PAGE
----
What a show we had last night. Dami Im in a landslide after the juries, but being overtaken by Jamala in the last seconds, seconds before it became clear that, despite winning the televote, Sergey Lazarev didn’t manage to overtake the Ukrainians. It’s quite understandable that these three countries took up most of our attention last night.
There are however more winners than just Jamala, Dami and Sergey. A day after the Grand Final, I’m going to take a look at these winners who didn’t win in the article below, as they deserve to be mentioned.
When Bulgaria announced their comeback to the contest, there really wasn’t an entire lot of hope for them. I mean, Bulgaria qualified for the final just once and they announced to be sending a returning artist who… didn’t qualify. Poli and her team then revealed If Love Was A Crime and turned themselves into a fan favourite. Qualifying for the final was already quite an achievement for Poli, but bookmakers kept having her around fifteenth.
For Bulgaria to eventually end up in fourth place, basically as the best of the rest, is quite the achievement. A fourth place is Bulgaria’s best ever result and it showed that both televoting (fifth) and jury voting (seventh) could appreciate Bulgaria’s effort in Stockholm. If we talk about winners who didn’t actually win, Bulgaria is the first to mention. Well done, Poli Genova.
Oh, returning artists. Some people say they never do as well as they did the first time around, but Poli Genova showed us that that is not always true. There was however someone else who did better than the first time around, against the expectations of many: Donny Montell.
Donny, after the marathon Eurovizijos selection, didn’t do well with bookmakers. Nor did many fans really care for his entry in Stockholm. When Donny then said he wanted to do better than Love Is Blind, there were many who thought he should give up on that dream. But in the end, he didn’t just do better than his 14th place in 2012, he solidly sailed into the top ten and landed only Lithuania’s second top ten finish in their history. That’s worth an applause, Donny.
“Ultimate fanwank”, “Only fans will like this”, “Chanceless in Eurovision”. Just three of those things that were said about Zoë before she took the stage in Stockholm. She became a winner on Tuesday already by bringing Austria to the final again, for the third year running (yeah, I know, pre-qualified last year). She had the loudest cheer of the semi-final too.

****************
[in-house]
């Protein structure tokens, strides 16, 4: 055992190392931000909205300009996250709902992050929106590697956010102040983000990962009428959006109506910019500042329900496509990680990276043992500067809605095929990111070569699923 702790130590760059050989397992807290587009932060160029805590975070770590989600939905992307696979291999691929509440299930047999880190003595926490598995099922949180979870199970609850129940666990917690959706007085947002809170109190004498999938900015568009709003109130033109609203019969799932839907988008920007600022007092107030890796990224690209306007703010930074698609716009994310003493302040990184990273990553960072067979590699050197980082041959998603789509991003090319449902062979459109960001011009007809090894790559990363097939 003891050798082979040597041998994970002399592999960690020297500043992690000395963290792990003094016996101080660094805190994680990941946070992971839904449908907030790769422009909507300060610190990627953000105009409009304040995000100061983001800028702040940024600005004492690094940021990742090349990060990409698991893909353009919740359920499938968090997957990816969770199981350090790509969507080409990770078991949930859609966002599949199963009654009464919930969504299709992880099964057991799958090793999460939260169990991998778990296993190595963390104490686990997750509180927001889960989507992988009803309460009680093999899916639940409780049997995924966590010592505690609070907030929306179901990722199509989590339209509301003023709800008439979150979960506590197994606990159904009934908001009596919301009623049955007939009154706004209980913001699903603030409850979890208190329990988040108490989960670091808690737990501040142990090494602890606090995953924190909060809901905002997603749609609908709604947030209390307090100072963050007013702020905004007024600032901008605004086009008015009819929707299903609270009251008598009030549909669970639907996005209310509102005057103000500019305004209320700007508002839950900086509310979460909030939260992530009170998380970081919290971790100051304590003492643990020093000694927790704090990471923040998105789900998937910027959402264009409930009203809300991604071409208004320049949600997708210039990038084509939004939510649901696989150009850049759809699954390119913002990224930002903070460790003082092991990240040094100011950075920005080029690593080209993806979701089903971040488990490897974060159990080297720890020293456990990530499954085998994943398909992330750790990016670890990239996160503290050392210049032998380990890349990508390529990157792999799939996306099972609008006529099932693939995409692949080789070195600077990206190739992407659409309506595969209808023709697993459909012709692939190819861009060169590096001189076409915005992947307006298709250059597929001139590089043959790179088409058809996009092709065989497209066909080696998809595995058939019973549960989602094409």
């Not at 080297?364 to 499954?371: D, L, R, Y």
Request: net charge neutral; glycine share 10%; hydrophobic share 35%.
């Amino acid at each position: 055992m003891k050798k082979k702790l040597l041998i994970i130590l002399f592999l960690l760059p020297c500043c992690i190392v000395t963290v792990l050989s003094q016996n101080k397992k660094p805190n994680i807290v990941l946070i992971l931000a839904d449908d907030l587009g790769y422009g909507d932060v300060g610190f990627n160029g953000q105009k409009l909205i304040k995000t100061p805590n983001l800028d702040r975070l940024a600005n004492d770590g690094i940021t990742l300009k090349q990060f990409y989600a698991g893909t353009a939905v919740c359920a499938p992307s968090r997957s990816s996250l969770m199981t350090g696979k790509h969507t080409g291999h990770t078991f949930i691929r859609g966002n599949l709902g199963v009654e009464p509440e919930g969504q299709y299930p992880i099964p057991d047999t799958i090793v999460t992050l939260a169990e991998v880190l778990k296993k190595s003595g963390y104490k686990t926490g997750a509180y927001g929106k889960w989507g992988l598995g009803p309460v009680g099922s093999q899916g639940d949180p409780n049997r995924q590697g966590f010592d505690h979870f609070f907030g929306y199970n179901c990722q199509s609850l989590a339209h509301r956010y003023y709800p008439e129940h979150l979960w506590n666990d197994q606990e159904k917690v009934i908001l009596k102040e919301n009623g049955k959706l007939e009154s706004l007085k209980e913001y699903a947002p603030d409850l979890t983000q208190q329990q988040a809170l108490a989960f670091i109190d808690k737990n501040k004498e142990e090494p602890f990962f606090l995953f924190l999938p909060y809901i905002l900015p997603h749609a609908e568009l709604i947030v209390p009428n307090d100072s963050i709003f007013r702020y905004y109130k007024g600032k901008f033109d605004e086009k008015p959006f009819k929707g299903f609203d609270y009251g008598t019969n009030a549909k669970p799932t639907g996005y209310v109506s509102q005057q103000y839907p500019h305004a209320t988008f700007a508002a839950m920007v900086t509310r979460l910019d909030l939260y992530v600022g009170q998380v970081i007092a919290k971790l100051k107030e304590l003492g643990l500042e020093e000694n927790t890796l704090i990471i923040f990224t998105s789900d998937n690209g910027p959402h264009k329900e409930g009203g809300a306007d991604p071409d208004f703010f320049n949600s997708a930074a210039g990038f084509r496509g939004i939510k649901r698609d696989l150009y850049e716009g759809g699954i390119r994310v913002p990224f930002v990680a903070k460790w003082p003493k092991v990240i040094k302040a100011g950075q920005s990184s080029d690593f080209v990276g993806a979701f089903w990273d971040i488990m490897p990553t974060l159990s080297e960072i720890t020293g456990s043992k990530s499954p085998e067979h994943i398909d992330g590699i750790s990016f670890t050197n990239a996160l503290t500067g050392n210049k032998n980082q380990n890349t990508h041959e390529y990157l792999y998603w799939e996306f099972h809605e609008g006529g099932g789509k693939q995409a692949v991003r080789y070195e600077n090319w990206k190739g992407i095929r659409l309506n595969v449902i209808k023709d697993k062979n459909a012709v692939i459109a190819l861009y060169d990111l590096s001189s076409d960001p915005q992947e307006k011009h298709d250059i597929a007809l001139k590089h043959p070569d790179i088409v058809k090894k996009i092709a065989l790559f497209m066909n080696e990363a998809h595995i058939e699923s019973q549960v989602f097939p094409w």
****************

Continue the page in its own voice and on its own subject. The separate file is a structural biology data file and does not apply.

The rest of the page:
As in her national final, juries weren’t all that impressed with poor Zoë’s efforts: 24th place with just 31 points. Televoting however totally got on board with Loin D’Ici: Eighth place in the televoting really did it for her. She was happy throughout her journey and deserves credit for how she went into this. Left side of the scoreboard, well done, Zoë.
This one might be a bit paradoxal. France were a huge favourite to win, going neck-to-neck with Russia in bookmakers in the weeks before the contest. However, as soon as Amir’s first rehearsal happened, his odds collapsed, his fans mostly gave up their hopes and the dream of Paris 2017 seemed to fade away.
And indeed, the dream of Eurovision in Paris had to be postponed for a year, Amir didn’t win. But he still managed to come sixth, even though there were predictions of him keeping in with the French tradition of lower right side of the scoreboard. Sixth is their best result since Sandrine François in 2002 and it shows that the French broadcaster knows where the way up is. And that’s something worth admiring.
I couldn’t really skip Belgium here, could I? When Laura was chosen back in January, she was deemed chanceless. Besides, Wallonia normally does well, not Flanders, right? So What’s The Pressure should’ve been a hopeless case. Well. It wasn’t.
When it was announced to be the closer of the semi-final, people started to believe that it might even qualify. That it could even come third in the semi-final was quite the achievement in that respect. When the EBU then chose this as the opener of the Grand Final, I lost hope of this doing well. But I was once again wrong, as Laura came sixth with the juries and ended up in tenth place. Tenth in itself is just ‘OK’, but now look at this bit of history: It is just Flanders’ second top ten place since 1977. After Dream Express (7th in 1977), only Tom Dice (6th in 2010) managed to give Flanders a top ten. Laura deserves a whole load of credits.
Who were your winners?
I listed my five winners who didn’t win, but there really were a whole lot more you could have listed here: Poland coming third in televoting, Georgia upsetting the odds by qualifying, Czech Republic making the final for the first time and there are more. Obviously, there are more. But I’d like to know from you: Who were your winners who didn’t win last night? Let us know!